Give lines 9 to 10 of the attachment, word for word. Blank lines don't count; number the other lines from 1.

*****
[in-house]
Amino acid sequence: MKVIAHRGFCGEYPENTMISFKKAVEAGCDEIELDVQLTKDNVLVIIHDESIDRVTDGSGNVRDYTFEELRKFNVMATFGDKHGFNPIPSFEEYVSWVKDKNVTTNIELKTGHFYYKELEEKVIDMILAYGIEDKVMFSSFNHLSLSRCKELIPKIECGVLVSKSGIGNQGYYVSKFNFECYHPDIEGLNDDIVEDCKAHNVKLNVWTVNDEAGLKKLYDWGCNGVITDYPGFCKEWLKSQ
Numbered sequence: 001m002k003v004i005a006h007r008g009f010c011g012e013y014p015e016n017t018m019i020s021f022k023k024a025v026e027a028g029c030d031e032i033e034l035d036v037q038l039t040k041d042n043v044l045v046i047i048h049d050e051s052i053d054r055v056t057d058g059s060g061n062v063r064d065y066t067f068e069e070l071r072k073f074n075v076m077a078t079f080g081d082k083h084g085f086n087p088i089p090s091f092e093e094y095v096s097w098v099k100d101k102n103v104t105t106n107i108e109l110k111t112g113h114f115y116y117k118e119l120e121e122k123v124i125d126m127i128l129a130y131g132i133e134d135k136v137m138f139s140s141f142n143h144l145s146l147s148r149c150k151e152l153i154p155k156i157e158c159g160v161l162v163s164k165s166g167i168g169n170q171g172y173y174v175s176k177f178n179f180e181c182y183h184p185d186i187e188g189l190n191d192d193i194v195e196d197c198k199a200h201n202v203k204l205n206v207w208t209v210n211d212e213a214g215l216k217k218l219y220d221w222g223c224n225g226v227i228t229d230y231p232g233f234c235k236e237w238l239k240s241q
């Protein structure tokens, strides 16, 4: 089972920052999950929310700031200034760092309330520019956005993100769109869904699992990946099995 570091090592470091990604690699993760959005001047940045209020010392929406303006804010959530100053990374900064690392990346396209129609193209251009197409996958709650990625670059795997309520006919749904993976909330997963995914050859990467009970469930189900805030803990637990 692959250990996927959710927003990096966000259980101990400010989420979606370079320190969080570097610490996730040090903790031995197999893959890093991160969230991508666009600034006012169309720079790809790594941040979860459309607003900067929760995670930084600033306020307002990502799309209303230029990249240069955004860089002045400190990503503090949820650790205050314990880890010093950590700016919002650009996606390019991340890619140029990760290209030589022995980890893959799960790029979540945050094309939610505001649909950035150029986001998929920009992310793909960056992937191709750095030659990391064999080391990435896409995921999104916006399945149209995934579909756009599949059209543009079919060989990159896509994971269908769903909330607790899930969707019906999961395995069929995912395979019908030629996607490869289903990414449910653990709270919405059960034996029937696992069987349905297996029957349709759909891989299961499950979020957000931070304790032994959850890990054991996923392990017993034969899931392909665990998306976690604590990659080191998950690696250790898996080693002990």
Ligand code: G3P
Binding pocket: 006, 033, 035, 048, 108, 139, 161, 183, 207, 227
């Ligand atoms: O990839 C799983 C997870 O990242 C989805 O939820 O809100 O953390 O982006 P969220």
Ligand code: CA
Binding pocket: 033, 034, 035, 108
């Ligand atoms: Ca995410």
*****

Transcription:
Binding pocket: 033, 034, 035, 108
């Ligand atoms: Ca995410």